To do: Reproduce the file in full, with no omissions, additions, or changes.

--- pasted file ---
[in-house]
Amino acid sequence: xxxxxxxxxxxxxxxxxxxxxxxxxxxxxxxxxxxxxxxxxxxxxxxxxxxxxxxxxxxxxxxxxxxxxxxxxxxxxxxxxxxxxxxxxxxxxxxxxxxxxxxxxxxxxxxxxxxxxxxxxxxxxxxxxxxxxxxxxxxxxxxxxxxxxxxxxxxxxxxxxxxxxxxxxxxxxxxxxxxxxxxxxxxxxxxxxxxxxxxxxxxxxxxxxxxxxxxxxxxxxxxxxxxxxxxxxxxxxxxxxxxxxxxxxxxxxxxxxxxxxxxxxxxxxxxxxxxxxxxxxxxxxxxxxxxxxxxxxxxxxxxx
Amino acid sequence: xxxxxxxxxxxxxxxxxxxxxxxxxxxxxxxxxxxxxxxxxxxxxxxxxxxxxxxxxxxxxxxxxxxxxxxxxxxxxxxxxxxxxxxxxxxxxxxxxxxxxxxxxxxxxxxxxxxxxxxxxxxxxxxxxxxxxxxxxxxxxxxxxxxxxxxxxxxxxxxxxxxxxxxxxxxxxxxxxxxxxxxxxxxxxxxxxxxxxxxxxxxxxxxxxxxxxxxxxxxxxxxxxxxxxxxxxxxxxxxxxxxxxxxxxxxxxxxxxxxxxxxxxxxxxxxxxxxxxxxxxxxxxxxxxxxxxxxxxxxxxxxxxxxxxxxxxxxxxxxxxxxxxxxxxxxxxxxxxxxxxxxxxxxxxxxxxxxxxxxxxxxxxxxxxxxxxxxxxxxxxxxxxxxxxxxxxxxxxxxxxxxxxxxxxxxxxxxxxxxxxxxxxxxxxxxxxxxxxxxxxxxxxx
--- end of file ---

[in-house]
Amino acid sequence: xxxxxxxxxxxxxxxxxxxxxxxxxxxxxxxxxxxxxxxxxxxxxxxxxxxxxxxxxxxxxxxxxxxxxxxxxxxxxxxxxxxxxxxxxxxxxxxxxxxxxxxxxxxxxxxxxxxxxxxxxxxxxxxxxxxxxxxxxxxxxxxxxxxxxxxxxxxxxxxxxxxxxxxxxxxxxxxxxxxxxxxxxxxxxxxxxxxxxxxxxxxxxxxxxxxxxxxxxxxxxxxxxxxxxxxxxxxxxxxxxxxxxxxxxxxxxxxxxxxxxxxxxxxxxxxxxxxxxxxxxxxxxxxxxxxxxxxxxxxxxxxx
Amino acid sequence: xxxxxxxxxxxxxxxxxxxxxxxxxxxxxxxxxxxxxxxxxxxxxxxxxxxxxxxxxxxxxxxxxxxxxxxxxxxxxxxxxxxxxxxxxxxxxxxxxxxxxxxxxxxxxxxxxxxxxxxxxxxxxxxxxxxxxxxxxxxxxxxxxxxxxxxxxxxxxxxxxxxxxxxxxxxxxxxxxxxxxxxxxxxxxxxxxxxxxxxxxxxxxxxxxxxxxxxxxxxxxxxxxxxxxxxxxxxxxxxxxxxxxxxxxxxxxxxxxxxxxxxxxxxxxxxxxxxxxxxxxxxxxxxxxxxxxxxxxxxxxxxxxxxxxxxxxxxxxxxxxxxxxxxxxxxxxxxxxxxxxxxxxxxxxxxxxxxxxxxxxxxxxxxxxxxxxxxxxxxxxxxxxxxxxxxxxxxxxxxxxxxxxxxxxxxxxxxxxxxxxxxxxxxxxxxxxxxxxxxxxxxxxx